Believe the hype – iPads will change the way we use computers

by Randy Tsang

  • A paradigm shift in human-computer interaction
  • The end of the “desktop”

First up, I love Apple. I do have issues with the company, but overall I am a fan and I do own several Apple products. Despite this, as Apple presented the world with their newest device, the iPad, I approached it with suspicion and skepticism as best I could. However, even though there has been a large degree of backlash and cries of hype from the online community and even though I have yet to test this bad boy for myself, I have to say that I am sold. And I do believe that the introduction of the iPad is going to have a significant impact on user interface design and human-computer interaction (HCI) for years to come. As significant an impact as the mouse perhaps, which it may soon render obsolete.

There has been a lot of skepticism before the announcement last Wednesday. Many companies, Apple included, have already tried their hand at a tablet PC. 10 years ago, Bill Gates was convinced that we would all be walking around with them. It looks like he might have  been right all along, albeit a decade later and with help of the Steve Jobs Midas touch.

The way it is being pitched, the iPad is a new category of mobile device. Sitting in between the iPhone and Macbook, the iPad is a mobile device aimed at offering a new and better way of browsing the internet, sending emails, viewing photos, watching videos, listening to music, playing games and reading ebooks. From what I have read, this has been a pet project of Steve Jobs for many years now, and it seems that he believes that we are all now ready for such a device.

There are many things that the iPad lacks. Still no Flash support to annoy Adobe. No camera because who really uses it. No multi-tasking to save on battery (which seems to have pissed off Hitler to no end). No OLED to save on costs. These are valid concerns for many and perhaps we will see them introduced in future iterations of the device. Despite this, what we have been presented with is a new method of human computer interaction, a paradigm shift in user interface. Multi-touch, which began life on the iPhone, has found its new home and heralds the beginning of the end for the traditional point and click system and the “desktop interface metaphor” for computer operating systems.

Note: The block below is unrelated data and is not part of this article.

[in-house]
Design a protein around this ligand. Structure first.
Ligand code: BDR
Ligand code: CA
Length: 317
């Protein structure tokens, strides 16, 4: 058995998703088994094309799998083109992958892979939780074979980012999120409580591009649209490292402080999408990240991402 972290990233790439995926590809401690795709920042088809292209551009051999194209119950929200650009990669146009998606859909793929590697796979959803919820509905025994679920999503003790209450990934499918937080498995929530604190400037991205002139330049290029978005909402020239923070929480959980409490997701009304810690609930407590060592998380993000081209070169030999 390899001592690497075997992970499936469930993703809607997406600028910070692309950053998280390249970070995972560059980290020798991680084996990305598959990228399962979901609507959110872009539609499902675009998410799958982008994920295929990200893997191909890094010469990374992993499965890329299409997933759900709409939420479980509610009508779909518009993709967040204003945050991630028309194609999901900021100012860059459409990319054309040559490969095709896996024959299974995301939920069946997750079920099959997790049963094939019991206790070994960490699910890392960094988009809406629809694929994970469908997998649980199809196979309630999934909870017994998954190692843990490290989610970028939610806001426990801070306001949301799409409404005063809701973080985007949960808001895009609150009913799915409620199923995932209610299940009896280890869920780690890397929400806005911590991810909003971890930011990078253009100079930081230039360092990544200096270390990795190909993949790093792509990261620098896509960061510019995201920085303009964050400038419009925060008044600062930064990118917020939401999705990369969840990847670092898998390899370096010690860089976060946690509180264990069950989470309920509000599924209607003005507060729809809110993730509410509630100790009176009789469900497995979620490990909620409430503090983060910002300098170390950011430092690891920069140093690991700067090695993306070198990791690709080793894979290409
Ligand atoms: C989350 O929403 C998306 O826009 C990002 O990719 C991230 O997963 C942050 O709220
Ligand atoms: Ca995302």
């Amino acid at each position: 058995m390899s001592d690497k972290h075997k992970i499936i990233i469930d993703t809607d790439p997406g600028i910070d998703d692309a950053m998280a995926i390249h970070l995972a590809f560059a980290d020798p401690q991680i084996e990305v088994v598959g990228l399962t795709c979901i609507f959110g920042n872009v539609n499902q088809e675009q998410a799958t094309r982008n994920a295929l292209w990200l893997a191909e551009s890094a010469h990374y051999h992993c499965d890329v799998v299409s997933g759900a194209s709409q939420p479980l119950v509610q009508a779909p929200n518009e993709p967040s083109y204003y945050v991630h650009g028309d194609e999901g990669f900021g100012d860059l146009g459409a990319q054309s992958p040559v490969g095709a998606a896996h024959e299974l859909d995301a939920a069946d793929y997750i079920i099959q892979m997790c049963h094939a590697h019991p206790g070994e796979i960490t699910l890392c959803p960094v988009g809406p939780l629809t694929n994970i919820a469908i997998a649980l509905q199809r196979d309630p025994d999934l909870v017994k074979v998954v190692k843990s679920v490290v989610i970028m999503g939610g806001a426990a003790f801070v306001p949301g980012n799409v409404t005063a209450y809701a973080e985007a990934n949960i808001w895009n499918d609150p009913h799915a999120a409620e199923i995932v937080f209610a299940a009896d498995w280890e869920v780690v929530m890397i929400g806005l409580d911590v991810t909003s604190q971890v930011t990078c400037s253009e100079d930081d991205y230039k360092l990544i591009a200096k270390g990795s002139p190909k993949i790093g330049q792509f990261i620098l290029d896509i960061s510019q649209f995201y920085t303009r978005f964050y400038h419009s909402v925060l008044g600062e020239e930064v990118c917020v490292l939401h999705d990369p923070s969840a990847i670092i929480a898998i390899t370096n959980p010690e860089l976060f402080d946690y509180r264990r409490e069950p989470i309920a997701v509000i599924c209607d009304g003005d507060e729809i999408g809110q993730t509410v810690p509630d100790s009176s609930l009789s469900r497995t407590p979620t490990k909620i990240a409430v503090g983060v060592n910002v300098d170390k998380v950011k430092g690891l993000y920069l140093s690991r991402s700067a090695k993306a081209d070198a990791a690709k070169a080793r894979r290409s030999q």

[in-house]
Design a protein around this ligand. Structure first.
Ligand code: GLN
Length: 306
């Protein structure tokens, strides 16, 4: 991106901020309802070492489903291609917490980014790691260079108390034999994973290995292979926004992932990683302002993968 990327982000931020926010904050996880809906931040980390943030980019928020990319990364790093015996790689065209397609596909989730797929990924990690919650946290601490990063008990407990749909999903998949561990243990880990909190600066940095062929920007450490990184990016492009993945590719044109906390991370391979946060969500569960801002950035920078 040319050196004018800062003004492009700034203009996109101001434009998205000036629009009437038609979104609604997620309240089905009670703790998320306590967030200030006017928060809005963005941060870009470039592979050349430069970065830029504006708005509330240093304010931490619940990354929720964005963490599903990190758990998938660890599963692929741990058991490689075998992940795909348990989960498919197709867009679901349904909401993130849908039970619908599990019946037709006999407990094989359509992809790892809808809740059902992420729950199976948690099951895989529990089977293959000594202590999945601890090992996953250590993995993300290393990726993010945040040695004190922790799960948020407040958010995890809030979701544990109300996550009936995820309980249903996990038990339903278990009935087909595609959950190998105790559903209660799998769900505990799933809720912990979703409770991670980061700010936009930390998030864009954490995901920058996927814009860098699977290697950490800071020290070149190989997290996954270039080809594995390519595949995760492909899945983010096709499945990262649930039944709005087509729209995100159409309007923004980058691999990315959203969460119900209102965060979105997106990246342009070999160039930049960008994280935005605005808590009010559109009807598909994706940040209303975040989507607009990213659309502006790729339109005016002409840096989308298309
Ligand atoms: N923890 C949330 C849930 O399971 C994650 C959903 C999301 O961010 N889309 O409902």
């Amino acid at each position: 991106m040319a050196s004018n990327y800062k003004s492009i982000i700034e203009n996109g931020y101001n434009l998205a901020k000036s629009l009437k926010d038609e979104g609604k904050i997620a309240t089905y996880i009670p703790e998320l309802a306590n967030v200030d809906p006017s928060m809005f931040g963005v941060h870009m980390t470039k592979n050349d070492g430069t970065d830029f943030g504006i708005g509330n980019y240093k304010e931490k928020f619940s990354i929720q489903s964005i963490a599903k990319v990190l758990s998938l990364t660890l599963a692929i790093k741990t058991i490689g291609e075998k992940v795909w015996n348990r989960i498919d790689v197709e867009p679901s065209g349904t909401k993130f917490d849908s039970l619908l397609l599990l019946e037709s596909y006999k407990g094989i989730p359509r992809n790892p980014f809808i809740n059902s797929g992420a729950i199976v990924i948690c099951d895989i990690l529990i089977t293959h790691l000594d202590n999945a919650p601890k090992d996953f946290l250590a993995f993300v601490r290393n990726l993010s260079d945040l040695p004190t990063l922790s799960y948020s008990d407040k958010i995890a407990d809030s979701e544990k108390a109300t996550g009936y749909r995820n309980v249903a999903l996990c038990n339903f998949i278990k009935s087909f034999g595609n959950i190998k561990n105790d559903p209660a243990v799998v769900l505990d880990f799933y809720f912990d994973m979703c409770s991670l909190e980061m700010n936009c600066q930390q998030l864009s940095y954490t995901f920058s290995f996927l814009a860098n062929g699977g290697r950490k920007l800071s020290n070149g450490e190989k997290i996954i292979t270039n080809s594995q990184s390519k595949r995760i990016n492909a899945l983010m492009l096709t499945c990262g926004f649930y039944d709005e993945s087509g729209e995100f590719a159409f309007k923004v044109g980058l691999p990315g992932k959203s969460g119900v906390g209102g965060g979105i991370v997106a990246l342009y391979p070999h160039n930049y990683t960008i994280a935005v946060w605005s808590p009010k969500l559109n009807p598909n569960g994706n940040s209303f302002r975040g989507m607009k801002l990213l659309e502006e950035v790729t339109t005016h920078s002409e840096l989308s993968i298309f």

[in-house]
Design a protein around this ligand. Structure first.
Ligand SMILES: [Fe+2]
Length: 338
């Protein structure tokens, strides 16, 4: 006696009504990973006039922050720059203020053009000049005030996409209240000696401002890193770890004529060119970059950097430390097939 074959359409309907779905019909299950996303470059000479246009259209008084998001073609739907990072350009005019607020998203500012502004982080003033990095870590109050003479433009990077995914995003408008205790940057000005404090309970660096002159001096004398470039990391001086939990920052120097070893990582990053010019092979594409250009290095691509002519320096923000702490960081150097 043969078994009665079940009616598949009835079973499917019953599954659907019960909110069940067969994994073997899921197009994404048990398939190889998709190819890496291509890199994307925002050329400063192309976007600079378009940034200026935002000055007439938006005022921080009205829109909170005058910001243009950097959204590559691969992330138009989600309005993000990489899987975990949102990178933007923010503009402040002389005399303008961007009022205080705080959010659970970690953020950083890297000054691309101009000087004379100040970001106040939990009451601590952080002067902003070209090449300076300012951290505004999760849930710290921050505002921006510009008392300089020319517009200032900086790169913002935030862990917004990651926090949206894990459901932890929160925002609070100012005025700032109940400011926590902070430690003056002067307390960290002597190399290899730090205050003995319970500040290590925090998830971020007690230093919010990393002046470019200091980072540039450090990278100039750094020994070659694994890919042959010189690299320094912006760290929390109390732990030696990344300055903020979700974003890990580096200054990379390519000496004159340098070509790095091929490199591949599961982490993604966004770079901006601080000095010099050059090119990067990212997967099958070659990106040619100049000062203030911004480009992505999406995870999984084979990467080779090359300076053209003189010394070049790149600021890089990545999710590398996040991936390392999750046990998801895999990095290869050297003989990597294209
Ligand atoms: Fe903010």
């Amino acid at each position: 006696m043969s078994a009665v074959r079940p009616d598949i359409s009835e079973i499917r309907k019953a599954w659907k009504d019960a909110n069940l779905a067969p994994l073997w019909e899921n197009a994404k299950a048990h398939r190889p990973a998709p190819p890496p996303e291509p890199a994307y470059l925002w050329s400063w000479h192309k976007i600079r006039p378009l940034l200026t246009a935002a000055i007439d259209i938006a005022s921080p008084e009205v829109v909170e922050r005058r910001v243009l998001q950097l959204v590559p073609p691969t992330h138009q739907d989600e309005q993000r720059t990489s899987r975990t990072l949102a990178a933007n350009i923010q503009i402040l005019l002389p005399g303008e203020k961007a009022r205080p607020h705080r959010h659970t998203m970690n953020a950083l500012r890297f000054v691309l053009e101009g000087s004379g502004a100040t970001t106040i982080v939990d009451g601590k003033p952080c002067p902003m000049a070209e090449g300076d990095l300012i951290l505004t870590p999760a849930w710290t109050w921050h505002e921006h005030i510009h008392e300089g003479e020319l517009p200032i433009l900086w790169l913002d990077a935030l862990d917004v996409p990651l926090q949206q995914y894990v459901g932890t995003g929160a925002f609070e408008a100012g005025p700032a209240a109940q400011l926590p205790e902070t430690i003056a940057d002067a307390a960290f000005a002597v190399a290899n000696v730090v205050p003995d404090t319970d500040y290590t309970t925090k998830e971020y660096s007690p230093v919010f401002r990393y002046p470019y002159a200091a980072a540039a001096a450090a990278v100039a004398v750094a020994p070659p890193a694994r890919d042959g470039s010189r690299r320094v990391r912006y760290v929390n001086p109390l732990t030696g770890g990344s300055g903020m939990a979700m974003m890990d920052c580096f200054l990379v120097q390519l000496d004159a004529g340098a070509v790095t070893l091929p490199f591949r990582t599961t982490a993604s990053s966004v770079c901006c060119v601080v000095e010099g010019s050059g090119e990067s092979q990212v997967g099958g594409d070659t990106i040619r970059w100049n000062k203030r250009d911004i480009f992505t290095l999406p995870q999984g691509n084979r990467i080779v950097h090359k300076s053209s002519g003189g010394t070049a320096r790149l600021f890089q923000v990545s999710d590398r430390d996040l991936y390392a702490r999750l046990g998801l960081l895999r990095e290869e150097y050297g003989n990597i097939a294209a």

The trigger to make this possible was Apple’s introduction of multi-touch technology on the iPhone in 2007. Science fiction has constantly teased us with fantastic user interfaces that have impressed (e.g. Minority Report’s gesture user interface). What Apple has achieved, is to present us with a new fantastic user interface, without it being too fantastic. 75 million iPhones and iPod Touches have been sold to date, which for many of us makes the transition of moving to a multi-touch tablet device almost seemless. This product is not for geeks. Regular consumers will start using this immediately because for many it will already seem natural to them. It’s the perfect computer for your grandmother or for your one year old!

What the iPad does is to provide a new norm for HCI. The metaphor of the Desktop Operating System was originally developed to make the interface of a personal computer more accessible to its core audience – namely office workers. The filing cabinet is used to access your documents and folders, all your icons were organised on your desktop and deleting files would move it to the trash can. However, as computers were popularised and grew in complexity and as the audience diversified, the desktop metaphor has become obsolete and actually works to hinder our understanding of a computer interface. Installing programs and plugging in devices can prove a chore and can sometimes be an absolute nightmare. In fact I would argue that the desktop metaphor no longer holds any meaning for digital natives, who have grown up unfamiliar with a world before broadband internet. The way they use computers has been defined by their interactions with services such as Facebook and YouTube, with tools such as Google and Wikipedia and devices such as the iPod Touch as demonstrated by the video above. But on the iPad, the process of finding, buying and downloading apps to conduct specific tasks will be second nature to many, because they are already so familiar with the process. This model has become so successful, that other companies have scrambled to launch their own app stores. Stores now exist for your Nintendo DSi, Android mobiles, Tv sets and your car.

In my mind, the iPad will undoubtedly be a success when it launches in a couple of months. In the long term, its influence will be seen in the numerous copycat devices that will undoubtedly be popping up over the next few years. New upcoming technologies will be scrambling to implement a form of multi-touch interface because it is the new norm. If it isn’t the norm now, the attractiveness and affordability of the iPad will soon ensure its ubiquity. In two years time, you will see every student with one of these devices.

The iPad is a next generation device and it is significant.